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The all-inclusive, ever-changing, and uncomfortably flexible guide to all things music in the 2010's.

Monday, May 16, 2011

Live Album Roundup: May 16th 2011

Mastodon - Live at the Aragon
Released: March 15th, 2011
Three words: “Thank you Chicago.” That’s all Mastodon say throughout their 2009 performance at the Aragon Ballroom. The Atlanta quintet has not been known to mince words, to say the least, and I had heard criticisms from people who had seen the group on their tour in support of Crack the Skye that they were too dry in their performance. In Live at the Aragon, Mastodon play the entirety of Crack the Sky, one song from Blood Mountain, one song from Leviathan, two songs from Remission and a Melvins cover. While I can get on the group for their unwillingness to deviate from their set formula, it’s hard to argue with such impeccably performed renditions of some of the most complicated metal of the past decade. People criticize Mastodon for lacking in the vocal department live (I know, because I laughed at them a lot in this video before I became a fan of the group), but the guys actually do a very good job of keeping up with the material. The “Fire in the eye” part of “Divinations” ain’t easy to perform and the guys pretty much pull it off. They’re workmanlike in their execution, but the material is so complicated, it’s just a treat to hear them perform it all so flawlessly. While the album other than Crack the Skye most represented on Live at the Aragon is my least favorite of the group’s (I find Remission too crude), the show is a harrowing hour that’s definitely worth any casual metal fan’s time. A-

Green Day - Awesome as Fuck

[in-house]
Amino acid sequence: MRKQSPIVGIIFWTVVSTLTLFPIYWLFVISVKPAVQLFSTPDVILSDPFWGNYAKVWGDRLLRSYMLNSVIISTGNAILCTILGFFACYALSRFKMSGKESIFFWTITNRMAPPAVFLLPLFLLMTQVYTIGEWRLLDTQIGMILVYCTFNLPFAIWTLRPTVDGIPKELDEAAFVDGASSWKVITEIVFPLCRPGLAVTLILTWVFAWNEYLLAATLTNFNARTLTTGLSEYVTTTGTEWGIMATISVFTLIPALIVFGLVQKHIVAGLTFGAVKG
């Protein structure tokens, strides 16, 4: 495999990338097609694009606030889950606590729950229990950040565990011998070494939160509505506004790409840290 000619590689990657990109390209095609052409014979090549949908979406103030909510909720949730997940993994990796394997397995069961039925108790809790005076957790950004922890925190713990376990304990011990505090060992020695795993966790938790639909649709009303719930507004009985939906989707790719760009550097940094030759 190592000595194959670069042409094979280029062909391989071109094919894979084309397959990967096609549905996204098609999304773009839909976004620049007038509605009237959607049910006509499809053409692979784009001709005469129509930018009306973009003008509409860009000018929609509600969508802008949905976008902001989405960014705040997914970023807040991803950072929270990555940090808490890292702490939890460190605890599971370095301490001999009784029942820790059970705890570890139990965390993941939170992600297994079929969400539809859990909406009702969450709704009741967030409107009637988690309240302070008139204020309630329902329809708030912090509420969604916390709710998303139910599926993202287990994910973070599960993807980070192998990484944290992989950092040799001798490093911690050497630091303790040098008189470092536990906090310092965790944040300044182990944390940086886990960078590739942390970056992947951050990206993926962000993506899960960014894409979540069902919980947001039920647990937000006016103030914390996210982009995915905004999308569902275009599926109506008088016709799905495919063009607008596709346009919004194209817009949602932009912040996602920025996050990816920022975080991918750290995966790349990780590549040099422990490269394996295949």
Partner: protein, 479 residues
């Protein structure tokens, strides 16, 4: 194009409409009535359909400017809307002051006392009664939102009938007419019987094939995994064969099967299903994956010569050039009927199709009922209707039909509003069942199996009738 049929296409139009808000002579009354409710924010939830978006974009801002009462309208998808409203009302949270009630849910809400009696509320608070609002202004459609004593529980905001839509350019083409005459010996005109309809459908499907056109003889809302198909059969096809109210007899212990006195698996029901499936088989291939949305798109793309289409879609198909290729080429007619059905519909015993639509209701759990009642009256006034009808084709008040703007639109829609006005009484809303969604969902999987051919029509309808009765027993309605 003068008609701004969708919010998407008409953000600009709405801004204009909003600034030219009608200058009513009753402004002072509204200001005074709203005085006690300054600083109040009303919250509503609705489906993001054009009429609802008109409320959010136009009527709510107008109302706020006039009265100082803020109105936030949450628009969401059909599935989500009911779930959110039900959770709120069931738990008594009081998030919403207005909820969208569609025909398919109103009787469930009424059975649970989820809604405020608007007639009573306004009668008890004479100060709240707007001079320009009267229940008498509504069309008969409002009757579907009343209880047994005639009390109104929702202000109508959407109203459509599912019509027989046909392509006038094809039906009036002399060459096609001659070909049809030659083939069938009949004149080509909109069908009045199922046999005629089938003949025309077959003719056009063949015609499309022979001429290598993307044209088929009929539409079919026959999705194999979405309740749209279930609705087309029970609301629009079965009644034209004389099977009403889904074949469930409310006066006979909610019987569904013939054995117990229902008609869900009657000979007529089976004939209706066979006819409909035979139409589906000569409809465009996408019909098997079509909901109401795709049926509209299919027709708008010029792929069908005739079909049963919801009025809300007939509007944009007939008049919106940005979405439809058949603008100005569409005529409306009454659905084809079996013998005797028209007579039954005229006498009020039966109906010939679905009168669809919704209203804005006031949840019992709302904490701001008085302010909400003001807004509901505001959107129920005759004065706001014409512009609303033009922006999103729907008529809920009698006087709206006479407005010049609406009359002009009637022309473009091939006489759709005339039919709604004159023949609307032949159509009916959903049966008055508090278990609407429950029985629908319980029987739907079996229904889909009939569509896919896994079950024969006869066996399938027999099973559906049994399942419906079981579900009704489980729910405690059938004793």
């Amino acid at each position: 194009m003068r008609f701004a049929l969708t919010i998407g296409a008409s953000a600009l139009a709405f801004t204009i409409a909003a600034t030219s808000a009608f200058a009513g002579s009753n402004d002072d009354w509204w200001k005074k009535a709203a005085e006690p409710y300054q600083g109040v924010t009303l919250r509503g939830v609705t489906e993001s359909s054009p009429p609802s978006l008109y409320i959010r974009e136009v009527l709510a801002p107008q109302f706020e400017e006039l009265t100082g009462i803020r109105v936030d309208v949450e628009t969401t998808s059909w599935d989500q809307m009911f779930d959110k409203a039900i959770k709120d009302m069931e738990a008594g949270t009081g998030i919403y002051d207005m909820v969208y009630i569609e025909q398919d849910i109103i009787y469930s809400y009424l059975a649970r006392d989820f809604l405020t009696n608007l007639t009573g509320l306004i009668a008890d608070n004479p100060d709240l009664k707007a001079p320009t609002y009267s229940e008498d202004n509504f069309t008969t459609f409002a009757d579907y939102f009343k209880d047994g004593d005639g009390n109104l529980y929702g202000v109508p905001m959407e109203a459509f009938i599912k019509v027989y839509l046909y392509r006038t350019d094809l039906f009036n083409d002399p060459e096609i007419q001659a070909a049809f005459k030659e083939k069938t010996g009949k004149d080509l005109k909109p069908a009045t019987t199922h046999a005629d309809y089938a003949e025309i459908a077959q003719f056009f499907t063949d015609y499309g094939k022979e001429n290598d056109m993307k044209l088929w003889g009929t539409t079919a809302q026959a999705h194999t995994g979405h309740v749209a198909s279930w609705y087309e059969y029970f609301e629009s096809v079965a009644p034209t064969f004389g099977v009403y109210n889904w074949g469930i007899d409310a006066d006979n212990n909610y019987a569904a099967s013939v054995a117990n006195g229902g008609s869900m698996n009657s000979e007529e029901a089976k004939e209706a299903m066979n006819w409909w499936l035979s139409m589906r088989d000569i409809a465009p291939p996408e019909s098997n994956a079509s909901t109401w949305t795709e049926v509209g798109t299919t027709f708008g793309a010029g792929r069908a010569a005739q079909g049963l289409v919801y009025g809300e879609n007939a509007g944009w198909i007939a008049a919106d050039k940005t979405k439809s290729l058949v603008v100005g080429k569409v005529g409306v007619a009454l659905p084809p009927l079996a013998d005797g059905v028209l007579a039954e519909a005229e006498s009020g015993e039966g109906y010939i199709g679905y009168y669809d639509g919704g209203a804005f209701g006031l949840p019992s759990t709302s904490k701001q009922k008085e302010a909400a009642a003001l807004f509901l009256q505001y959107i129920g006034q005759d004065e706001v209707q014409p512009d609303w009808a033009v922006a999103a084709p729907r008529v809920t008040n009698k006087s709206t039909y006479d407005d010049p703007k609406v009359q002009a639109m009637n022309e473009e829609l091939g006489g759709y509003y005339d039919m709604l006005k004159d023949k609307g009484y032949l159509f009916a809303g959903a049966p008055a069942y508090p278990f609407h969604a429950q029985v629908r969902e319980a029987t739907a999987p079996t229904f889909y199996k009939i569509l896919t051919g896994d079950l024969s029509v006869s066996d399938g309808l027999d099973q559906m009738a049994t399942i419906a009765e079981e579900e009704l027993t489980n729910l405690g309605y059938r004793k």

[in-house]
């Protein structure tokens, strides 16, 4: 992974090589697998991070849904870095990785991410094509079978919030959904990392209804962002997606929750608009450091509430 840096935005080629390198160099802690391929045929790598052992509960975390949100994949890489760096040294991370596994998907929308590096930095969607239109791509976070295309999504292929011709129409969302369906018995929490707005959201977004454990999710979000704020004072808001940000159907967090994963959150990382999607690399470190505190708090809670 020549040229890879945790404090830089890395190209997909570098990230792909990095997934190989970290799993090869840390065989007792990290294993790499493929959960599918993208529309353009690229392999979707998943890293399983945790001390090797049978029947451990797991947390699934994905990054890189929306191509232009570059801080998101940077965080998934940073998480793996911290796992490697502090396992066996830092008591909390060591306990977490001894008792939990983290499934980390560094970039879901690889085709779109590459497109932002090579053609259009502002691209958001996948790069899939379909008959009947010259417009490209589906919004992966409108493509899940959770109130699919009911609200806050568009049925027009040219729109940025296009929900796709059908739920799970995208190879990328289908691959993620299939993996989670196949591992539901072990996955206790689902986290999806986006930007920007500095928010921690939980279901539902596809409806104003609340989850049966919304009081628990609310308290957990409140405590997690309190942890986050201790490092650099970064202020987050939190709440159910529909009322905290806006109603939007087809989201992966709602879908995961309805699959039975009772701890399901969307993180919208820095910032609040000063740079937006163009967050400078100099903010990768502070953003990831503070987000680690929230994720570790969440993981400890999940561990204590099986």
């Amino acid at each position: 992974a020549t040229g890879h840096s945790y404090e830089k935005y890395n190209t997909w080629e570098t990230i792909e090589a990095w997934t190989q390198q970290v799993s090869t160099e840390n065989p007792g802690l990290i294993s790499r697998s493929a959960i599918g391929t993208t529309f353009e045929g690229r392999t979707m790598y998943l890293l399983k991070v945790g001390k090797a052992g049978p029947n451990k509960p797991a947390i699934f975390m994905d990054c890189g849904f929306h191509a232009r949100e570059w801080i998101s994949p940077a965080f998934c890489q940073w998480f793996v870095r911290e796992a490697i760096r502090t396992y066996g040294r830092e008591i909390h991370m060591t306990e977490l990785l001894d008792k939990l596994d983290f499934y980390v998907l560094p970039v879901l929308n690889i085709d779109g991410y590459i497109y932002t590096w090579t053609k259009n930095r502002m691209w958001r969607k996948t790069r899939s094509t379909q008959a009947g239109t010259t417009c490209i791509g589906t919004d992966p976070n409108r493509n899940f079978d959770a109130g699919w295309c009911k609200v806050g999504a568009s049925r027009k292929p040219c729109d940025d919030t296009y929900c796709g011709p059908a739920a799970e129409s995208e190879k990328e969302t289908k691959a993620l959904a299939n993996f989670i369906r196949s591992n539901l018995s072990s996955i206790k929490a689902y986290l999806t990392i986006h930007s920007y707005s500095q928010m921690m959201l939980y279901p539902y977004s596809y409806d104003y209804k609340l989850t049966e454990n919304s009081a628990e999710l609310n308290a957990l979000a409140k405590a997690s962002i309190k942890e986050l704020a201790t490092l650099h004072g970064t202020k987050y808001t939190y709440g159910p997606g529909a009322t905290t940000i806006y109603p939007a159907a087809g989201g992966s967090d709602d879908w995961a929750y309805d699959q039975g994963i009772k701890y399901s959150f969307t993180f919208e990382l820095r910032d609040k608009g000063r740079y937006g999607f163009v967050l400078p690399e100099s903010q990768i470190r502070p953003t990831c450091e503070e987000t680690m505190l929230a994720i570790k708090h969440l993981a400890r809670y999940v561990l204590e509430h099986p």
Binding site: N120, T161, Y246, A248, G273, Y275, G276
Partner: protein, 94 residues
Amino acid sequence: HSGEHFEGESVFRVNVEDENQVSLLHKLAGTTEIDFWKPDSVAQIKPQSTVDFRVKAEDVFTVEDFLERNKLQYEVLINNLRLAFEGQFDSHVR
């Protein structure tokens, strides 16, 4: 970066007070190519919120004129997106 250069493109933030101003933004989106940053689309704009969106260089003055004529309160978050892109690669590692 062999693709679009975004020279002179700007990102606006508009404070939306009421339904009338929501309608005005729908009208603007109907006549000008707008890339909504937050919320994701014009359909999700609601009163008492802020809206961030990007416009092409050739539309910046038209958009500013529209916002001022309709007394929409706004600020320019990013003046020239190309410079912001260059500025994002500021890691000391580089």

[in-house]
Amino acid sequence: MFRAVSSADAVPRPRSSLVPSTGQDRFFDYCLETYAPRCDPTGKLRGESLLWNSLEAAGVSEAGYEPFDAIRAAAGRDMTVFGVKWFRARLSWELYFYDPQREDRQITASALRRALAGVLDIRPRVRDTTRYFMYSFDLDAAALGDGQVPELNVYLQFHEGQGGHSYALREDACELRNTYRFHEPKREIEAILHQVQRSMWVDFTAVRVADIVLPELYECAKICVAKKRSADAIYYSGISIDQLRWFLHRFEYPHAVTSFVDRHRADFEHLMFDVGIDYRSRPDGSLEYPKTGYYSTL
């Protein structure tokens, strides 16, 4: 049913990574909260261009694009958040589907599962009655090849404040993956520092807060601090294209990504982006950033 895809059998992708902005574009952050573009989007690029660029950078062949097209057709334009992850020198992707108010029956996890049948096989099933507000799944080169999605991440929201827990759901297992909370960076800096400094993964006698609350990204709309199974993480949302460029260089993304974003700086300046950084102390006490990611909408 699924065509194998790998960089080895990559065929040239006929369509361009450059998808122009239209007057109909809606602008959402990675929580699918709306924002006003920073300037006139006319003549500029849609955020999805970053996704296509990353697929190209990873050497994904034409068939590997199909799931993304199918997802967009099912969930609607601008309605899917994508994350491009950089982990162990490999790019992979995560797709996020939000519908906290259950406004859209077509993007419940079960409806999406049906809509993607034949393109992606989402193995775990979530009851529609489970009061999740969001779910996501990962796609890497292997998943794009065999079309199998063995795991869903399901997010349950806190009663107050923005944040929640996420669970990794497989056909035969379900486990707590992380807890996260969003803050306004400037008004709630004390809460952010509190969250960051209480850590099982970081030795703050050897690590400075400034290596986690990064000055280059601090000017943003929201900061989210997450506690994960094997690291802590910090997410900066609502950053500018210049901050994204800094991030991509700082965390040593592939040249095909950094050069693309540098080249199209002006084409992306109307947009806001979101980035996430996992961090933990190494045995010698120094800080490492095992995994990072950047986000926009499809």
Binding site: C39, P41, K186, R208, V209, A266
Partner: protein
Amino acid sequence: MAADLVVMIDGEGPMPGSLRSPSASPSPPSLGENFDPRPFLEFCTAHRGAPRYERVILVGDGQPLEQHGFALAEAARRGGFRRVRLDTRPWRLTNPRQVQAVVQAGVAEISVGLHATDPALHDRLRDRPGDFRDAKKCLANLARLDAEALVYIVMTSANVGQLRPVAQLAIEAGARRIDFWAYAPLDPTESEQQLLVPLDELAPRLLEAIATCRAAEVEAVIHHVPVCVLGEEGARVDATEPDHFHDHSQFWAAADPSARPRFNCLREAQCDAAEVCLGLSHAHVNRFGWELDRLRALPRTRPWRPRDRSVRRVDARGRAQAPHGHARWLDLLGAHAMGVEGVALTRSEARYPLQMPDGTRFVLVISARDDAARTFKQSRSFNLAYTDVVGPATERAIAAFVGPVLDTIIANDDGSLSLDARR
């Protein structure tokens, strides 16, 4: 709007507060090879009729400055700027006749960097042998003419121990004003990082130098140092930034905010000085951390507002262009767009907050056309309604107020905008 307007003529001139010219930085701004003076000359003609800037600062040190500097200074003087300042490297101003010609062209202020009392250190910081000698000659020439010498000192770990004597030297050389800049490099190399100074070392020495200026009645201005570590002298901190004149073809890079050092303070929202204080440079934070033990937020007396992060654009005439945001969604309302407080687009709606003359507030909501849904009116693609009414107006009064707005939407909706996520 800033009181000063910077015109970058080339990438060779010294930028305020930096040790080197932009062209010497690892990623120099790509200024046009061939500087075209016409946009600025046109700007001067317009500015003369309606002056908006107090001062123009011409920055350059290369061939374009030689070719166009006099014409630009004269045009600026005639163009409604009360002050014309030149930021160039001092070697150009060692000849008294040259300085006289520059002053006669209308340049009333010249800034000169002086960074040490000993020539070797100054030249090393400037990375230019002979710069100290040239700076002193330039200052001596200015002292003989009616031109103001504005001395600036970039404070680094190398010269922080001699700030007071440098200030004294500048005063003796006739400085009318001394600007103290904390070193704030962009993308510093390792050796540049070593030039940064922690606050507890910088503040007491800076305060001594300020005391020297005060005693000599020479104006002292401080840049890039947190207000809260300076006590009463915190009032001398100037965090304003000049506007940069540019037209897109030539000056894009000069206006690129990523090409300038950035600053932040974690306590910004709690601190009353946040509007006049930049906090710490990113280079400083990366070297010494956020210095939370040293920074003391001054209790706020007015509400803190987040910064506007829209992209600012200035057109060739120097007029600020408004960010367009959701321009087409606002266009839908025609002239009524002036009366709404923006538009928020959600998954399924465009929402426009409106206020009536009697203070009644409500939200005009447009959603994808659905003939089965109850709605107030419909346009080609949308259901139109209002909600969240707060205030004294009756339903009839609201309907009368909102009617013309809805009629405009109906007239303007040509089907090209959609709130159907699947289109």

Released: March 15th, 2011
When I saw Green Day last summer, what I was most surprised by was how much time the group could spend going through the material from their last two albums without once playing a track released before 2004. People may have their qualms with those albums, but I actually think both are quite good, and was humbled to find that the crowd knew the words to lesser-known tracks like “Murder City” and “Jesus of Suburbia” just as if not better than I did. Awesome as Fuck will probably increase the disdain people have for Green Day for its gimmicky title and refusal to go the full Monty (You’ll notice it says Awesome as F**k on the cover), but the truth is it’s a really good live rendition of hits throughout their career being played among older songs that may even surprise longtime fans. The regular 3-hour Green Day show is cut down to a lean hour that is heavy on new material towards its opposing ends. In the middle, though, deep cuts like “Who Wrote Holden Caulfield?” and “Burnout” prove to be the album’s highlights for their astonishing adaptability to the arena. Billy Joe Armstrong’s all over the place, screaming his lungs out one moment then whispering tunefully the next. Awesome as Fuck is a compilation of songs from a lot of shows, so him screaming out the names of various cities can be a little confusing, but the album is a solid affair, a very good audio representation of some pretty incredible shows. B+